Richard Hell gave the world choppy haircuts, torn t-shirts and creative new uses for the safety pin. The visual angst helped frame everything from the Sex Pistols’ scowling image to the storefront windows of Macy’s department store, where Hell’s t-shirts shockingly made their way to the torsos of mannequins.
“A lesson that anything associated with a desired state gets appropriated by profiteers,” Hell writes in his most recent book, Massive Pissed Love: Nonfiction 2001-2014. In it, he notes, “Real appreciators of art know that the source is irrelevant, it’s the execution of art.” Hell himself transformed the riff of the classic “Hit the Road Jack” into the strum-fragmented anthem “Blank Generation” with his band the Voidoids.
Hell, whose birth name is Richard Meyers, dropped out of high school in his native Kentucky and bolted for New York City during the height of the hippie era, with its “wild, brainy, drug-fueled kids who took back the means of production from the universities and the big commercial publishers.” Coincidentally, it was that creative independence that provided the blueprint for the D.I.Y. scene that would follow a decade later.
“Punk was about succeeding without any skills except honesty,” Hell writes. “I’m always being asked about the ‘70s and early ‘80s, which was both the last time New York was really poor and the last time it was exciting artistically…is there a relationship between the squalor and the futility? Yes, for the obvious reason that we had nothing to lose.”
Hell writes of the earliest days of CBGB in all its dumpy glory—flanked by flophouses, struggling avant-garde theaters, and cheap dives—on a street long-signifying drunkenness, dereliction, and failure. Precisely the things that kept it disreputable, dirty, dangerous, poor and interesting, he explains. “I remember the joint in the beginning. I was in the first band (Television) that brought the club attention and in two others (The Heartbreakers, Richard Hell and the Voidoids) that played there steadily in the place’s earliest years,” recalls Hell, who is 66 years old. “It was about being young and hungry, about energy, anger, and sex.”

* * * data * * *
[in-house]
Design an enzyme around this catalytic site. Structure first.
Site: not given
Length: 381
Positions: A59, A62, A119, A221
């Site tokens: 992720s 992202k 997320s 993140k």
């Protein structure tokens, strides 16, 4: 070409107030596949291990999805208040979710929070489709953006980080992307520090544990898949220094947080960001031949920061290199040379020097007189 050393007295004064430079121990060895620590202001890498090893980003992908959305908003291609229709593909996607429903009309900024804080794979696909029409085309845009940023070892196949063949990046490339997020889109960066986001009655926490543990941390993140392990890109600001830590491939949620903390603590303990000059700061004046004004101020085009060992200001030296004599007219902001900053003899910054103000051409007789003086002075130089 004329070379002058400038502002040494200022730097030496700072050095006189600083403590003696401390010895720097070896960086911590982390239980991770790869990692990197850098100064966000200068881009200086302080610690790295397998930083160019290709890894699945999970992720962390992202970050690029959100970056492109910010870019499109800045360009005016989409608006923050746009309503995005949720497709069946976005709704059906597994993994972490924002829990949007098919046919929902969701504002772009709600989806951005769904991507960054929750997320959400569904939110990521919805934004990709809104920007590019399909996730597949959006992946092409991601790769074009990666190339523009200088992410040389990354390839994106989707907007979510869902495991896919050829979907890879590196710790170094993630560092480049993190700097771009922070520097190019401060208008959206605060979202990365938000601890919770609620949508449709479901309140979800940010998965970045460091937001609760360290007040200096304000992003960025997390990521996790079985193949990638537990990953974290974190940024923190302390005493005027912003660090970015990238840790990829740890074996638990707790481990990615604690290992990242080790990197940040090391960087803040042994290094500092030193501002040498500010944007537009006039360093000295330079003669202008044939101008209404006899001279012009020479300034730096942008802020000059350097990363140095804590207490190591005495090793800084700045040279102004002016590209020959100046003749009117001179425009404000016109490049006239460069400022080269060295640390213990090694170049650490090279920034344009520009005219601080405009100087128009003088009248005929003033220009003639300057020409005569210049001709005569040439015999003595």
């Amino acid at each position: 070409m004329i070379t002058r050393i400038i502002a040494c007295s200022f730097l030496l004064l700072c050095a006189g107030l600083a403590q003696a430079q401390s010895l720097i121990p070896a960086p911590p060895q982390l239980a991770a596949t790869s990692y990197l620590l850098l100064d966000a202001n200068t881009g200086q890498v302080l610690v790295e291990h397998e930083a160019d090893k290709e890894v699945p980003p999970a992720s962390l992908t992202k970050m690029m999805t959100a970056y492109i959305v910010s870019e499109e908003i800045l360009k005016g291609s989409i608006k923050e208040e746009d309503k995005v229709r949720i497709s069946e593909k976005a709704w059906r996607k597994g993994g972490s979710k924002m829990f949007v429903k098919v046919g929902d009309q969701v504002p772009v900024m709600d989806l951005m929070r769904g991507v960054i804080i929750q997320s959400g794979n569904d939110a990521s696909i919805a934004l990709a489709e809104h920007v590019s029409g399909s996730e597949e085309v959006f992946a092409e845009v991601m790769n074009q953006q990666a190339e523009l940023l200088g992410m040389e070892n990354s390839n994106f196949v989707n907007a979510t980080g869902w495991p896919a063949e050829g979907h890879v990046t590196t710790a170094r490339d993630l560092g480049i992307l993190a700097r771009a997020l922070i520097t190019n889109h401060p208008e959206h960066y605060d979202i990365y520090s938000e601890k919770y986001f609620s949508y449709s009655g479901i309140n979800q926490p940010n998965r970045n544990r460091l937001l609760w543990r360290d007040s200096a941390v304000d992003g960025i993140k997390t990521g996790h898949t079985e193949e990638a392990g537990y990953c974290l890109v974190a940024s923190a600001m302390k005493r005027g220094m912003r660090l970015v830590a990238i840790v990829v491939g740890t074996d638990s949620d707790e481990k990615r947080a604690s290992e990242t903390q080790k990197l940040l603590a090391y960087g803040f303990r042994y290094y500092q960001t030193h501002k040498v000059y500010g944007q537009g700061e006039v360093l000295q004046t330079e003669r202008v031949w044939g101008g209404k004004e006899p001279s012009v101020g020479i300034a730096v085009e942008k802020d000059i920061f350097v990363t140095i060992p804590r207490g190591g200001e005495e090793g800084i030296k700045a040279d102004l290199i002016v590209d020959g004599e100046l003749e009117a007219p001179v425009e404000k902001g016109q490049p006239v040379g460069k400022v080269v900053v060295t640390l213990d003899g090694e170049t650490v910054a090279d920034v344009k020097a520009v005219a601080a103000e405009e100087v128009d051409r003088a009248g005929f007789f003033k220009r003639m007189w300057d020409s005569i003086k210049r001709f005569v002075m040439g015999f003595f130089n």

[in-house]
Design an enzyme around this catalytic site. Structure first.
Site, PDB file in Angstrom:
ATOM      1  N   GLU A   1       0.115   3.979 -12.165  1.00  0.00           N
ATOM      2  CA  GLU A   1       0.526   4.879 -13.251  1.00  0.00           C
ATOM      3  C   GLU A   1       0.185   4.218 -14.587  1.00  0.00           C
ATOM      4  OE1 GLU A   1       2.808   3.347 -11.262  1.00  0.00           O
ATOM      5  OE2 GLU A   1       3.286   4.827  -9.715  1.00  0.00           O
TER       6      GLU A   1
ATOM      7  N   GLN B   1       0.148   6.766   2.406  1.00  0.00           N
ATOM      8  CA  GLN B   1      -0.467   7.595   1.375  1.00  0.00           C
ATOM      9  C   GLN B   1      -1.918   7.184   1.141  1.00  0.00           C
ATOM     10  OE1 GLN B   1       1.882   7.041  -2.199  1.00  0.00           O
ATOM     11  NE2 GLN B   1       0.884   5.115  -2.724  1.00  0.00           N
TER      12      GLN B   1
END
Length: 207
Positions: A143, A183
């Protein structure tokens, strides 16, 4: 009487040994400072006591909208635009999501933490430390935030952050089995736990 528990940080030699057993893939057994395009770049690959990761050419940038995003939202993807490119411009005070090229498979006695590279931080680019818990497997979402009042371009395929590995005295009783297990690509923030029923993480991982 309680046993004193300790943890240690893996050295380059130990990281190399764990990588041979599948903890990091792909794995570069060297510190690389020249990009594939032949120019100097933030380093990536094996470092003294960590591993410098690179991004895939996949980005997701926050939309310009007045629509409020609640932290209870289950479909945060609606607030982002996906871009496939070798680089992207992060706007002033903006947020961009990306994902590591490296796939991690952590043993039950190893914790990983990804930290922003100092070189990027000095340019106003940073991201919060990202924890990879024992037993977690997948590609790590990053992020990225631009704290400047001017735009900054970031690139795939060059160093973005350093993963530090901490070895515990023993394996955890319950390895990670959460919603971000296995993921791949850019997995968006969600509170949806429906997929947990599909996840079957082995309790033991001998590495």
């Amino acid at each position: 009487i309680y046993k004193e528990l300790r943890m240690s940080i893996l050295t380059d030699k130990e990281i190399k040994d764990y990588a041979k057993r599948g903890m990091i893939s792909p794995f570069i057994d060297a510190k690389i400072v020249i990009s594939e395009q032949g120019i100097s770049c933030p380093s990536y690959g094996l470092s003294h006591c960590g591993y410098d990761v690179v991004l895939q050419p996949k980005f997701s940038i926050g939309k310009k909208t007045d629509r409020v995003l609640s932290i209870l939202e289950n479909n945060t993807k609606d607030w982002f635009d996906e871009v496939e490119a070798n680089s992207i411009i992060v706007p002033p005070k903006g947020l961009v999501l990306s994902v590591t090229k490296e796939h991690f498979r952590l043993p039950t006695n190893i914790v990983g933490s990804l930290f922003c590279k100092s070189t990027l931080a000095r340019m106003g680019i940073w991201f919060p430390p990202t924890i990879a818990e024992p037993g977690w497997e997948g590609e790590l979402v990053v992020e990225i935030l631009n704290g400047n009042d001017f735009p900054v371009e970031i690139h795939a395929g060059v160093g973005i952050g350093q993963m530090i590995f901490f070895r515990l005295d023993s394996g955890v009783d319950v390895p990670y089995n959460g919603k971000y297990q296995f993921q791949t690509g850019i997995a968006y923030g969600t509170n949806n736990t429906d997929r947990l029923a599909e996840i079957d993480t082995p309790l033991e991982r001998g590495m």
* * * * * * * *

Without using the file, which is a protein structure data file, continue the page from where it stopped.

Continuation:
“Punk was about succeeding without any skills except honesty,”
If you saw Hell in those days, you’d remember him standing at center stage, thin and convulsive and given to sudden flailing twitches, plucking his bass and spewing poetic anthems: “I belong to the Blank Generation, but I can take it or leave it each time,” and pervy verses: “Love Comes In Spurts – oh no it hurts!”
In Massive Pissed Love, published by Soft Skull Press, Hell writes about everything from Bush’s Iraq War to the economic crash of 2008. He rambles on an 8,000-word journey about writer Nathanael West, and hails the poetry of Arthur Rimbaud as still being the most alive thing on the planet. “Even now and here, in another language more than a hundred years later,” he writes. There are critiques of photography — “that ghost world only accessible to the pure of heart,”— and of paintings, which he calls, “the poetry of peripheral vision.” Where guitar chords are involved, Hell chooses The Stones over The Beatles, explaining The Beatles’ problem was they were “deficient in sneers,” while acknowledging that Stones’ drummer Charlie Watts makes all other drummers in rock and roll sound as if they are handicapped.
Hell made a rare stage appearance in New York City in May at a benefit concert for Voidoids’ guitarist Ivan Julian, who is battling cancer, but for the most part he retired from the music scene in the mid-1980s. It is through the printed words in books like Massive Pissed Love, the fictional Go Now, and the autobiographical I Dreamed I Was a Very Clean Tramp, that Hell dwells today.
Reviewing a film by Robert Bresson published in Massive Pissed Love, the darkened cinema provides Hell a recognition of his younger self. “That kid who I was in the 1970s,” he writes, “doubtless it’s presumptuous and ignorant of me to come to the movie in such a self-centered way.” It is precisely that self-awareness, however, the squeezing of self into other characters that has always been Hell’s most thrilling attribute.